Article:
Dudley Sr. served the Confederacy during the Civil War as a captain of the Alachua Rangers 7th Regiment. After the war, he returned home to the challenge of managing a large cotton plantation without enslaved workers. Dudley Sr. and his oldest son turned to grazing cattle, in addition to raising cotton and crops with hired help. Work also began on a road from the farm to Gainesville so cattlemen could drive herds to market. Another road intersected at the farm that connected Newberry, Archer, Jonesville and Gainesville. The old road is still visible today as the main path to the farmhouse. These roads and cattle production put Dudley Farm on the map as an important crossroads and commercial center.
When his father died in 1881, his eldest son, Ben Dudley Jr., built the present farmhouse to accommodate his family that grew to eight girls and four boys. He also added a general store, kitchen, smokehouse, sweet potato storehouse, dairy and canning house, outhouses, corncrib and barn. All were constructed of heart pine from the property. The prosperous farm produced cotton, corn, rice, millet, rye, oats, sugar cane and sweet potatoes. Milk, butter, eggs, turkeys and sausage were taken to Gainesville to be sold.
In the Reconstruction era, when jobs were scarce and poverty high in the decimated south, the farm laborers and tenant farmers were paid only with a "furnish" partly consisting of pork and sugarcane. But, the farm prospered and after Ben's death in 1918 his widow continued to work the farm along with her three sons.
Over the years, most of the siblings moved away to start their own careers and families. One son, Ralph Dudley, stayed and continued to raise cattle, tobacco and vegetable crops until his death in 1967. The youngest of Ben’s 12 children, Myrtle Dudley, was the last to remain on the farm. She managed a small cattle herd and vegetable and flower gardens. As she became older, Myrtle carried out her mother’s wish to keep the farm intact by donating 24 acres to the park service in 1983.In 1986, the state purchased an additional 232 acres to preserve the rural landscape that was part of the original Dudley land. The farm not only contained the buildings, but a wealth of documents and furnishings from the generations of Dudleys. One of the conditions of giving the state the property was that Myrtle would live on the farm until her death in 1996 at the age of 94.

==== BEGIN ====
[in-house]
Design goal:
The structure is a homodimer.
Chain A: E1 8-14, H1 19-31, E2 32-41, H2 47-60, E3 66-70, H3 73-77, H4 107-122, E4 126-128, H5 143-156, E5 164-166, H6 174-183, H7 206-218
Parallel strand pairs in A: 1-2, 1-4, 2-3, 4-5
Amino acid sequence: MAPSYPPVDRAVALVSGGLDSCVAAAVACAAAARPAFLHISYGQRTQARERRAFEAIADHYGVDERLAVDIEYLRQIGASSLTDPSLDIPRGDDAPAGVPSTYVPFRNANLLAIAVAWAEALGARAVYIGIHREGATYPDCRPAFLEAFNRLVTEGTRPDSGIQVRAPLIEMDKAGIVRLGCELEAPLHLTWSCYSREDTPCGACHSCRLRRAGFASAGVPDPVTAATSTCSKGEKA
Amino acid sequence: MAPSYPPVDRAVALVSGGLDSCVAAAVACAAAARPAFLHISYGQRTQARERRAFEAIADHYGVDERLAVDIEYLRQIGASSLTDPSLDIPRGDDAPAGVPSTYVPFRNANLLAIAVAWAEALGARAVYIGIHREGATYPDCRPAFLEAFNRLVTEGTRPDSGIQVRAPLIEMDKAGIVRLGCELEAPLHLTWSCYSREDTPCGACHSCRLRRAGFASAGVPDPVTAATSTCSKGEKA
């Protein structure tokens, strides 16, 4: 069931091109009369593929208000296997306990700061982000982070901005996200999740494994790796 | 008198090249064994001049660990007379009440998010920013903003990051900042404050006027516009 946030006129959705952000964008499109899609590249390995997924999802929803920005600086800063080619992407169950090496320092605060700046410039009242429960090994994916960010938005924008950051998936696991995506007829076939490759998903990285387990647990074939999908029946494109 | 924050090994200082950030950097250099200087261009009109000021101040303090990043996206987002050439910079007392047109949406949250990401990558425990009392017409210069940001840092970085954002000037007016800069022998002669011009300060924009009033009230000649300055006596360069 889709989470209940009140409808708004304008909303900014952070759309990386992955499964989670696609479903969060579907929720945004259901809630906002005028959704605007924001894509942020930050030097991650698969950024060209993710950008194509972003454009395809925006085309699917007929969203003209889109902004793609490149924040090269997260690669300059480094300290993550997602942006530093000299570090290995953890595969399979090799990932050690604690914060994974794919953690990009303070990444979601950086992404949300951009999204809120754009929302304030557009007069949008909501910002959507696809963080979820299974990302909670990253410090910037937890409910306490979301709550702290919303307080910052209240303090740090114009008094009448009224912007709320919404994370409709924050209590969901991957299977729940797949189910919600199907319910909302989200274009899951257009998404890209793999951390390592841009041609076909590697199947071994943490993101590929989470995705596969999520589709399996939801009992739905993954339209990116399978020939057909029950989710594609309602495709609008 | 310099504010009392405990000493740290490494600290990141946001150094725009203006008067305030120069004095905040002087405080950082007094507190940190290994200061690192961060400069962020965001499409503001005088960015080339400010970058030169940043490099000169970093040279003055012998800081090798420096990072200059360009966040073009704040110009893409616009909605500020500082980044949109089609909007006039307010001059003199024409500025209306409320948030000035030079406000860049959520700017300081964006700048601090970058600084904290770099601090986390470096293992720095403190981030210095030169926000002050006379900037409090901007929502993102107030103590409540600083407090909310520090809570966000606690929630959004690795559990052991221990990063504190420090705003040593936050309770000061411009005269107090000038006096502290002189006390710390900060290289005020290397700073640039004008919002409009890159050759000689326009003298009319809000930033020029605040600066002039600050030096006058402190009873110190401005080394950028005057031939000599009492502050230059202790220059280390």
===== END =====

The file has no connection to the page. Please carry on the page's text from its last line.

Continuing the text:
Today, living history interpreters conduct daily farm work including the care of cattle, poultry, crops and building maintenance. Cane grindings take place in the fall as they did when the Dudleys lived here. The park regularly holds events exhibiting aspects of the agrarian life from early Florida. On March 7, the park will hold an event called “Plowing up the Past” to celebrate the 85th Anniversary of the State Park Services founding with demonstrations of how Florida farmers prepared for plantings. The following Saturday, March 14, will host kids day with activities for children to learn the history as well as a picnic on the property.
The park is located at 18730 West Newberry Road east of Newberry Florida and is open 9 a.m. to 5 p.m. Wednesday – Sunday. There is a $5 admission per vehicle. For more information, call 352-472-1142.
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HIGH SPRINGS – High Springs is often associated with nature and the rivers that provide recreation for boating, swimming and cave diving, but the rivers are not the only sporting attraction that brings people from all over the world to the town. It is also home to a quarter-mile Bicycle Motocross Racing track (BMX) that is considered one of the smoothest and most challenging tracks in Florida that has even attracted Olympic hopefuls to train there.
BMX racing is a popular extreme style sport that often involves whole families racing and competing for points to be used in state, regional, national and even worldwide competitions. There are 22 sanctioned tracks in Florida and from October to April each year there are 12 competitions held to qualify for the State Championship competition, which is held in Orlando in May. The High Springs track always hosts at least one of the qualifying events.
Bicycle Motocross racing (BMX) was invented in California in the late 1960s and has gained popularity around the world. In the 1970s, the USA BMX Foundation was established, and by 1981 the International Cycling Union officially recognized it as a sport. In 2008, it was officially sanctioned as an Olympic sport. Today there are over 370 BMX tracks in the United States.